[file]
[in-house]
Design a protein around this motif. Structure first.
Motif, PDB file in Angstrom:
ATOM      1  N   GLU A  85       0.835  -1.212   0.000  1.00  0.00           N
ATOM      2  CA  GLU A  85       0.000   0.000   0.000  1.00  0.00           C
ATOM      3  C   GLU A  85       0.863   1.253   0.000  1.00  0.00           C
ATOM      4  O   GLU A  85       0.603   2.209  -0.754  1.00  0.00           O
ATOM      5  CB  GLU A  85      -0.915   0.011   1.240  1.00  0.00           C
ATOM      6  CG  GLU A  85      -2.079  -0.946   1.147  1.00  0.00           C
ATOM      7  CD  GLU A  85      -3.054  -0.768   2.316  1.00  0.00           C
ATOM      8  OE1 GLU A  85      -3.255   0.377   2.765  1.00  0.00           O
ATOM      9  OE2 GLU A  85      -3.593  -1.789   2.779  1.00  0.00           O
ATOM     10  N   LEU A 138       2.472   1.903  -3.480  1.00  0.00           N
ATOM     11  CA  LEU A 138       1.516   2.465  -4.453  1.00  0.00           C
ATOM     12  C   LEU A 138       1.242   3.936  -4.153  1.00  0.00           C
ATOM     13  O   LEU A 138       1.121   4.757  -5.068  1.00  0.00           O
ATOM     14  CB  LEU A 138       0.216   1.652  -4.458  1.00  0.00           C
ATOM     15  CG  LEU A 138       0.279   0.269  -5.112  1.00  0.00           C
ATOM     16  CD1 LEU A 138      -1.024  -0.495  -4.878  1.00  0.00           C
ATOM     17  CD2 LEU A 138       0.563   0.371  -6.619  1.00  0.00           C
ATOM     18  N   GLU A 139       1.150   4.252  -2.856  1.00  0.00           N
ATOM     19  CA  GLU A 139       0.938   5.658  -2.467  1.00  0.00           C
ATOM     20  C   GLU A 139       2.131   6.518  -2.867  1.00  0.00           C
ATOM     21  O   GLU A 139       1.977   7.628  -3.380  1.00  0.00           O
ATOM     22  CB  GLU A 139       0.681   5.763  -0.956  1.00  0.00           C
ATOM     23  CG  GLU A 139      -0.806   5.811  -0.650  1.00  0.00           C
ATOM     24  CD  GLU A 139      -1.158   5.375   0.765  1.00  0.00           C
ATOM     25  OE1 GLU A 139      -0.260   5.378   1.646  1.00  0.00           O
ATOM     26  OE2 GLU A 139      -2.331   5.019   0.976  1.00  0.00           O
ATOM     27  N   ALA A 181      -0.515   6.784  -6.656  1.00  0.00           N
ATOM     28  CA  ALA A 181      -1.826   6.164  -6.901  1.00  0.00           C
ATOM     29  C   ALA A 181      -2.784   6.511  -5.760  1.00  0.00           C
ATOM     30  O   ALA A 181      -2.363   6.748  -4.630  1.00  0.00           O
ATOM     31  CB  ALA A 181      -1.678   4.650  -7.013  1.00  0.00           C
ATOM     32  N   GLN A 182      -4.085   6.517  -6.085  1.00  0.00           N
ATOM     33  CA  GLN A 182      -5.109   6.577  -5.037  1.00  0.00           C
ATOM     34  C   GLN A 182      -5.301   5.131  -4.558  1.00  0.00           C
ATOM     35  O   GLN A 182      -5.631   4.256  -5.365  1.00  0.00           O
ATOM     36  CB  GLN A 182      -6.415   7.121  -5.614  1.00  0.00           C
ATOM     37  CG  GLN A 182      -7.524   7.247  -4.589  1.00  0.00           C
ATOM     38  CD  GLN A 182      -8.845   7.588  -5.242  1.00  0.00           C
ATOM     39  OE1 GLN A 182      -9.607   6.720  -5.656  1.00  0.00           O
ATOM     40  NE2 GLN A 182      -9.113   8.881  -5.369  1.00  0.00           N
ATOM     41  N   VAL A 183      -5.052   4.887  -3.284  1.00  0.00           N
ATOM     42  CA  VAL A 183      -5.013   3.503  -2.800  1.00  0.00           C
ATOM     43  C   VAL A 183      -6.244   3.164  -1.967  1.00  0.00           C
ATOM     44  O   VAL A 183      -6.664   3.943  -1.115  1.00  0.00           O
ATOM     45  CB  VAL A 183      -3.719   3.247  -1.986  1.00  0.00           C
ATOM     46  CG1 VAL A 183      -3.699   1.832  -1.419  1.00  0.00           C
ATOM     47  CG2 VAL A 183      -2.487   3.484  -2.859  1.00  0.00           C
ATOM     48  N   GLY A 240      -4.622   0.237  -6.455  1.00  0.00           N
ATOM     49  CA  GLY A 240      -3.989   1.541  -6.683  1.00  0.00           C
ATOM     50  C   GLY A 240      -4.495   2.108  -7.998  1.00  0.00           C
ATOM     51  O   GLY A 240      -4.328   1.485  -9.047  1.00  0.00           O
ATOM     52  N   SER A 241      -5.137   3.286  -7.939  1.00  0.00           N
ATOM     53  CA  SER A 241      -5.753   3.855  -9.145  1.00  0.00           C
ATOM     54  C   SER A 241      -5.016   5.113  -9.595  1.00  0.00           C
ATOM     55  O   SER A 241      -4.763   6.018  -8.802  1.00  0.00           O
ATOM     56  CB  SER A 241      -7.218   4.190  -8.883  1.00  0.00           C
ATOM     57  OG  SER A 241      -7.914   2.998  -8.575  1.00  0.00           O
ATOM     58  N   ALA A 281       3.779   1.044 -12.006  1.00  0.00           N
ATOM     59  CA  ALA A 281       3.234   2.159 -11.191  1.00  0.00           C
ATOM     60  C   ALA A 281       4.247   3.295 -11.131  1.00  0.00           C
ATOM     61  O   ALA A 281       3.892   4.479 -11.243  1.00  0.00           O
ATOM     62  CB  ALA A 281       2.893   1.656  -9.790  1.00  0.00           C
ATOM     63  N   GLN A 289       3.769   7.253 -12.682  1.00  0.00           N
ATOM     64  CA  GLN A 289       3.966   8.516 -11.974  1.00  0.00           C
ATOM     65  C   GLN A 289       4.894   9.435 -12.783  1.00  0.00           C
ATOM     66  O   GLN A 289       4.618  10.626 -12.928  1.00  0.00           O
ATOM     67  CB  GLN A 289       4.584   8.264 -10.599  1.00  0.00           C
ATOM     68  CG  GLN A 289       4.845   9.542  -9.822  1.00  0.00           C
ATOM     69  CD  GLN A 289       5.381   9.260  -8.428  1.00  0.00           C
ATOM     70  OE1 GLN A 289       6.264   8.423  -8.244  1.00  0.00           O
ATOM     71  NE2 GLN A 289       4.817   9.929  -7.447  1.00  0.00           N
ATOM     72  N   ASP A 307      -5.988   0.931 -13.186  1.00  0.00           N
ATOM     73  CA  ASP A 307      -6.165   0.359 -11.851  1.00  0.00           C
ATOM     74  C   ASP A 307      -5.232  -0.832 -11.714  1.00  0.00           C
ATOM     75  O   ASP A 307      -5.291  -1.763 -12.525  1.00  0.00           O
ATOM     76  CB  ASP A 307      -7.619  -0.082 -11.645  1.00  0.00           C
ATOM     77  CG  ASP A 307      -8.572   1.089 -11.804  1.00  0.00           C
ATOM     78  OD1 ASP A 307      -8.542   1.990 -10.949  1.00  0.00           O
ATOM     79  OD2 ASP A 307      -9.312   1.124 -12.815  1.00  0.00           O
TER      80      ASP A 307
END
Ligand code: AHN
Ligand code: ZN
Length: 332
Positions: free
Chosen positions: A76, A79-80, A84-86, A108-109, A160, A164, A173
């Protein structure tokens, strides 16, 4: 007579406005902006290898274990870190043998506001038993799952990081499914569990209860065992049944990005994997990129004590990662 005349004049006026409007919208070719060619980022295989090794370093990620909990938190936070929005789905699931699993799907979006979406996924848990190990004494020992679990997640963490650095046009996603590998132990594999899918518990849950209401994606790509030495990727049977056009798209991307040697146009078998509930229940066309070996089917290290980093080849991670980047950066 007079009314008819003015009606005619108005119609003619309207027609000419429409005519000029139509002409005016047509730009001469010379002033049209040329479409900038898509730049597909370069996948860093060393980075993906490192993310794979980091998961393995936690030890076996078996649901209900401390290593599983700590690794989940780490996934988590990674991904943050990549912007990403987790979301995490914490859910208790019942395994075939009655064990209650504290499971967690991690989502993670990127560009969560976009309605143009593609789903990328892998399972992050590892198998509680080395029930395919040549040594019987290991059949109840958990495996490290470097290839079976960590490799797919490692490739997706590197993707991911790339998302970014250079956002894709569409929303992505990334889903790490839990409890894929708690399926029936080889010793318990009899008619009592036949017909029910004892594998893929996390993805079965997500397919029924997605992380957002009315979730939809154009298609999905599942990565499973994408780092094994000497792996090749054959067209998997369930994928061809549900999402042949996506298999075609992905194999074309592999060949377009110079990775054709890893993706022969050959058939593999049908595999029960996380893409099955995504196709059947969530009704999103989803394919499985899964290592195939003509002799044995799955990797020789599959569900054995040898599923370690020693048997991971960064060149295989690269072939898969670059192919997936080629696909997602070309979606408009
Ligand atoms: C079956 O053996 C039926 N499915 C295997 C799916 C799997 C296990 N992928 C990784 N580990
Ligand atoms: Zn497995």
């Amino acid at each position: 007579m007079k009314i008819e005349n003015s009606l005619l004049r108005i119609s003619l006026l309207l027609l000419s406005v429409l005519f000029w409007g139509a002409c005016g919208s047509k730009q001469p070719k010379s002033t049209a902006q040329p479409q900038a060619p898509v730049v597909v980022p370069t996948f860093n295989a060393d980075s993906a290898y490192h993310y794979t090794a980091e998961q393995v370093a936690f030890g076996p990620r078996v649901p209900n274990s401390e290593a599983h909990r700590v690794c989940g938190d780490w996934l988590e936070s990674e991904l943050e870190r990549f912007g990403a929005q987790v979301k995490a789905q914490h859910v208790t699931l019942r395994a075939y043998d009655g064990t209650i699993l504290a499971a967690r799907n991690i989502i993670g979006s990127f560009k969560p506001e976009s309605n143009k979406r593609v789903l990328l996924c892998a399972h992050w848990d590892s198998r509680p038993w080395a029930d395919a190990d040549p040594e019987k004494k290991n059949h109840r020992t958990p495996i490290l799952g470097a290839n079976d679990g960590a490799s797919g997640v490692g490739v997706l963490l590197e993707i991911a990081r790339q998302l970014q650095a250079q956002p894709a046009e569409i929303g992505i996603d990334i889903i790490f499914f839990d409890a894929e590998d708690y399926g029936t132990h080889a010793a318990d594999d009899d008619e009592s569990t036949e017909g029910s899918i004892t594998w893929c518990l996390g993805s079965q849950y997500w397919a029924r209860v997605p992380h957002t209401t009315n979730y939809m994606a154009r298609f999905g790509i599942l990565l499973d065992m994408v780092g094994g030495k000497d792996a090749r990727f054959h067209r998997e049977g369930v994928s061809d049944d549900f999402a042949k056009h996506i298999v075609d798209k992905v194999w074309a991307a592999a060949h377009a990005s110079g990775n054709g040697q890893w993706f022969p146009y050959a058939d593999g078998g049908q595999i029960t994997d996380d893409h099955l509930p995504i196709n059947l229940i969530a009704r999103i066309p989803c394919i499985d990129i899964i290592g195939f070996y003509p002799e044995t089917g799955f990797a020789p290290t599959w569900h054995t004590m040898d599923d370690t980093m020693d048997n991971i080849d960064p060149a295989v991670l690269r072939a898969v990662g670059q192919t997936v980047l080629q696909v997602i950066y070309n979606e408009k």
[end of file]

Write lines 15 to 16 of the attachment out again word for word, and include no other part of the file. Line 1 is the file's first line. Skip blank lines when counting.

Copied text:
ATOM     12  C   LEU A 138       1.242   3.936  -4.153  1.00  0.00           C
ATOM     13  O   LEU A 138       1.121   4.757  -5.068  1.00  0.00           O